While the primary sense unit in most of the book of Proverbs is the individual verse, some of the sayings group together rather naturally. Sometimes this is pretty clearly because the verses were originally a unit, and for one reason or another the subsequent versification did not reflect this original unity (i.e. Proverbs 30:7-9). At other times, though, the grouping seems more redactional, meaning at some stage in the collection of the sayings that make up our book of Proverbs some sayings were placed in close proximity to others and may even have been edited so as to fit together better. The exact form of compositional processes such as these cannot be reconstructed with certainty, so that the more we delve into supposed redactions, the more what we appear to observe about the text is mere speculation. Sometimes, however, these speculations seem to have some explanatory power, so they are worth exploring.
Before going on, a reminder: Bite-Sized Exegesis is not about finished research. Rather, the point of posts like this one (the ones labeled “Bite-Sized Exegesis”) is to be a glimpse into the initial stages of biblical interpretation, mostly prior to the consultation of secondary literature. This being said, the grouping of Proverbs 10:6-11 strikes me initially as having some characteristics of internal unity. The first characteristic is the fact that the second halves of verses 6 and 11 are identical, and this looks like an inclusio, like bookends. The first halves of these verses are not identical, but they do have a similarity in that both talk about some anatomical feature of the righteous person: the head in the former, the mouth in the latter. Furthermore, the former is about blessings coming to the righteous person, the latter about blessings coming from the righteous person.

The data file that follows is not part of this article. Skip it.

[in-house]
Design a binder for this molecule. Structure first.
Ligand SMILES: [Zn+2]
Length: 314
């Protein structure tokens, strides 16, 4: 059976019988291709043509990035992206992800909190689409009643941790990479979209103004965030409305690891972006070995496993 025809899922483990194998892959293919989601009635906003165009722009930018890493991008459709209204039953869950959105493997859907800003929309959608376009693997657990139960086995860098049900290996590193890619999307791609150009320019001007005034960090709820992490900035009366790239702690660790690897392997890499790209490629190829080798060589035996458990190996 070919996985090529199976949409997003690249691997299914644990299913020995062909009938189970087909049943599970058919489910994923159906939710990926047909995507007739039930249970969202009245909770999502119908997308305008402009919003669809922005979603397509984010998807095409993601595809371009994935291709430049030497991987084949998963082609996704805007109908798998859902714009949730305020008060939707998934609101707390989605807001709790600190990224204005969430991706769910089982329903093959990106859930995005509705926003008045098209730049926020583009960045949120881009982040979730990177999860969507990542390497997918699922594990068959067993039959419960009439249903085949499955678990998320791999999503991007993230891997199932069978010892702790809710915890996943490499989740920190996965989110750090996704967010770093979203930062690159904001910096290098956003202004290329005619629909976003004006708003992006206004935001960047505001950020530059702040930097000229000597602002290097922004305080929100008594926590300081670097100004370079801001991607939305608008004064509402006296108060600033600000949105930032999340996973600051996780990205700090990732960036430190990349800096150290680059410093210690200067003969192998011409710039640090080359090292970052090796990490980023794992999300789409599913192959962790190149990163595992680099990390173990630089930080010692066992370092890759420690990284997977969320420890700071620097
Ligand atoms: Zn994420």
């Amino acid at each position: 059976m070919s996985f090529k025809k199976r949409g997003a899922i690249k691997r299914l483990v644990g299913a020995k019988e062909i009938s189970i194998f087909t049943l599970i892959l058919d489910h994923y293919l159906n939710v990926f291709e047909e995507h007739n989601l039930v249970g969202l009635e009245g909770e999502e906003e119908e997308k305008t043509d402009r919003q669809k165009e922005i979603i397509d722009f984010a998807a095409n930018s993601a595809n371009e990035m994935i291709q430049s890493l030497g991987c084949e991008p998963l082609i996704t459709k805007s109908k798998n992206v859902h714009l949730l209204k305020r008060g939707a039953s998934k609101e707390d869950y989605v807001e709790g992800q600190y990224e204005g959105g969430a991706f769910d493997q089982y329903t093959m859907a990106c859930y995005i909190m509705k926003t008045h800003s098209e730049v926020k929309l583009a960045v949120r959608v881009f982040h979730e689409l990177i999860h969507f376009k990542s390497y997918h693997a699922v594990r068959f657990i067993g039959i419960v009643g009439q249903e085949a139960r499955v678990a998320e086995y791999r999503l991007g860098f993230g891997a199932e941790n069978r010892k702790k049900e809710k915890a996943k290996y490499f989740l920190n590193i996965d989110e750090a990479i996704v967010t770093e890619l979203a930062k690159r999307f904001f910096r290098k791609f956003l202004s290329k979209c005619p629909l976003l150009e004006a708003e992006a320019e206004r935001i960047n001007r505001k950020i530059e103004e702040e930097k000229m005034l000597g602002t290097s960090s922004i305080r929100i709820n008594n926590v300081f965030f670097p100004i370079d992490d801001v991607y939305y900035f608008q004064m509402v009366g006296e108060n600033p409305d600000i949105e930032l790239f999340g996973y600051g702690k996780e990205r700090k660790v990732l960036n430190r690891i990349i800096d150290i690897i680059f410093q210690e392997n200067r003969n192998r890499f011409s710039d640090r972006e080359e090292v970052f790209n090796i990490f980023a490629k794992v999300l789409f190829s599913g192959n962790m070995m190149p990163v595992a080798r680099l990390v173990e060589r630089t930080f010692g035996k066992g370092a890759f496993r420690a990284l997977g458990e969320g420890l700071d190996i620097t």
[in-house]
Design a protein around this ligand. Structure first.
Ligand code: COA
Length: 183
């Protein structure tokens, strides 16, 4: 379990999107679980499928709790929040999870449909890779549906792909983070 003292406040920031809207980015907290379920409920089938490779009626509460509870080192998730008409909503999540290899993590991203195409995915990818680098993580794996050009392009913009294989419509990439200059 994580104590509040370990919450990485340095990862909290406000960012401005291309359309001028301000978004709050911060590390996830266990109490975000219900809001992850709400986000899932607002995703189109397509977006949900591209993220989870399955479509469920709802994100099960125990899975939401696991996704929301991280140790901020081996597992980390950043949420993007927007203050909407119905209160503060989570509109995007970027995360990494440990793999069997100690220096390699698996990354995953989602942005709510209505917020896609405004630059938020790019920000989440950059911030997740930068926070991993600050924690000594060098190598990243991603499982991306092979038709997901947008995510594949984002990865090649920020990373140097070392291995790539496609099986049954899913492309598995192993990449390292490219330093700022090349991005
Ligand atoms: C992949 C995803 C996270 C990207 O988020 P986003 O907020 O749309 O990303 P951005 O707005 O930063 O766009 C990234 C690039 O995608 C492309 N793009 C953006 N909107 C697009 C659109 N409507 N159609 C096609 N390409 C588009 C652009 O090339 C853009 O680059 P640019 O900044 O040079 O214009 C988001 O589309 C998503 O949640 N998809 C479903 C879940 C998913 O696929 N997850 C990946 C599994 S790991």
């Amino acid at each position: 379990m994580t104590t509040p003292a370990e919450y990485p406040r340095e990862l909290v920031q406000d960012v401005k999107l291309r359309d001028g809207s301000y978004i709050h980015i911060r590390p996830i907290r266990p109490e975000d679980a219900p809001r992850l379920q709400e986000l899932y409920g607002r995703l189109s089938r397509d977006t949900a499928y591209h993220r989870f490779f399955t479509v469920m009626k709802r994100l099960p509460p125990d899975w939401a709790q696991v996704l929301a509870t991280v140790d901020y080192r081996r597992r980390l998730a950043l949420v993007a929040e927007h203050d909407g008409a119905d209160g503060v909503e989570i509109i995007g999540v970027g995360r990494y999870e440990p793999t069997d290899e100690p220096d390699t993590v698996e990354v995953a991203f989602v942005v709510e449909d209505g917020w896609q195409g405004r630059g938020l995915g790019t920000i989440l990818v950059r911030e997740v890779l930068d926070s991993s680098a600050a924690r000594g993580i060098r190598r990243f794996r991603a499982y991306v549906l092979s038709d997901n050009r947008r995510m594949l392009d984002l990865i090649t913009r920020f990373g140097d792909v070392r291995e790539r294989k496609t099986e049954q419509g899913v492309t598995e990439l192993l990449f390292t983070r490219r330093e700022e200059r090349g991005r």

The second characteristic that catches my attention is specifically a characteristic of the Hebrew text: the fact that the second halves of verses 8 and 10 are identical. Now, in a previous post I stated that I think the Greek text is more likely original for a variety of reasons, but there’s no certain way to tell. Text criticism isn’t anything like an exact science, and for every rule of thumb (i.e. the more difficult reading is original) there are at least as many examples that don’t follow it as those that do. For the moment, if we simply ignore the Greek text and deal with the Hebrew form of Proverbs 10:10 as intentional, the fact that the second halves of verses 8 and 10 are identical seems to suggest that verses 7-8 and 9-10 are parallel couplets. There is a kind of alternation between the righteous/wicked contrast and the wise/foolish contrast in the Hebrew of these four verses. As I mentioned in the post on Proverbs 10:10, taking the Hebrew of 10:10b influences the meaning of 10:10a and pushes it toward the wise/foolish contrast. Unfortunately, the “winking the eye” idiom is elsewhere more closely connected to the righteous/wicked contrast. Otherwise, not much else suggests this parallel couplet, either syntactically, phonetically, or in subject matter.
My conclusion is rather inconclusive: the apparent inclusio of vv. 6b and 11b suggests a unit in 10:6-11, but little else does so with any kind of certainty. More research is needed, and this is the point where I would start consulting secondary literature.